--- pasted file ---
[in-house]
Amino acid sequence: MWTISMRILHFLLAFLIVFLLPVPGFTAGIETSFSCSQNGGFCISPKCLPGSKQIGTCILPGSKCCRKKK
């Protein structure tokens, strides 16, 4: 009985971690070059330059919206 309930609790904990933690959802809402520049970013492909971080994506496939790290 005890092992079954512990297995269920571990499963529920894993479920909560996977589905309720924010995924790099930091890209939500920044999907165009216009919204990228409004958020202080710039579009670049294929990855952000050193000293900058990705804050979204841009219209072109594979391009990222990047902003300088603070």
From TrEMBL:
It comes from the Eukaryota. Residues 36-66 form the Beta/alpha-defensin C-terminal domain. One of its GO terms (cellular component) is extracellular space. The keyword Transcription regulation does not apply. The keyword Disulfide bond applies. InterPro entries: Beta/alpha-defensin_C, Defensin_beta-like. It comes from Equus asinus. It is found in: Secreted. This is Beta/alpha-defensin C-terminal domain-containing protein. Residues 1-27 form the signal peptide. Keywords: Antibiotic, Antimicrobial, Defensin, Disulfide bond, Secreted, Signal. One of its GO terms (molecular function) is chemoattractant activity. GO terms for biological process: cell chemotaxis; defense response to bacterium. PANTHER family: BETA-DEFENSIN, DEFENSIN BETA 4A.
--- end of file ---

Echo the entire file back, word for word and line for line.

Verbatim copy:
[in-house]
Amino acid sequence: MWTISMRILHFLLAFLIVFLLPVPGFTAGIETSFSCSQNGGFCISPKCLPGSKQIGTCILPGSKCCRKKK
């Protein structure tokens, strides 16, 4: 009985971690070059330059919206 309930609790904990933690959802809402520049970013492909971080994506496939790290 005890092992079954512990297995269920571990499963529920894993479920909560996977589905309720924010995924790099930091890209939500920044999907165009216009919204990228409004958020202080710039579009670049294929990855952000050193000293900058990705804050979204841009219209072109594979391009990222990047902003300088603070």
From TrEMBL:
It comes from the Eukaryota. Residues 36-66 form the Beta/alpha-defensin C-terminal domain. One of its GO terms (cellular component) is extracellular space. The keyword Transcription regulation does not apply. The keyword Disulfide bond applies. InterPro entries: Beta/alpha-defensin_C, Defensin_beta-like. It comes from Equus asinus. It is found in: Secreted. This is Beta/alpha-defensin C-terminal domain-containing protein. Residues 1-27 form the signal peptide. Keywords: Antibiotic, Antimicrobial, Defensin, Disulfide bond, Secreted, Signal. One of its GO terms (molecular function) is chemoattractant activity. GO terms for biological process: cell chemotaxis; defense response to bacterium. PANTHER family: BETA-DEFENSIN, DEFENSIN BETA 4A.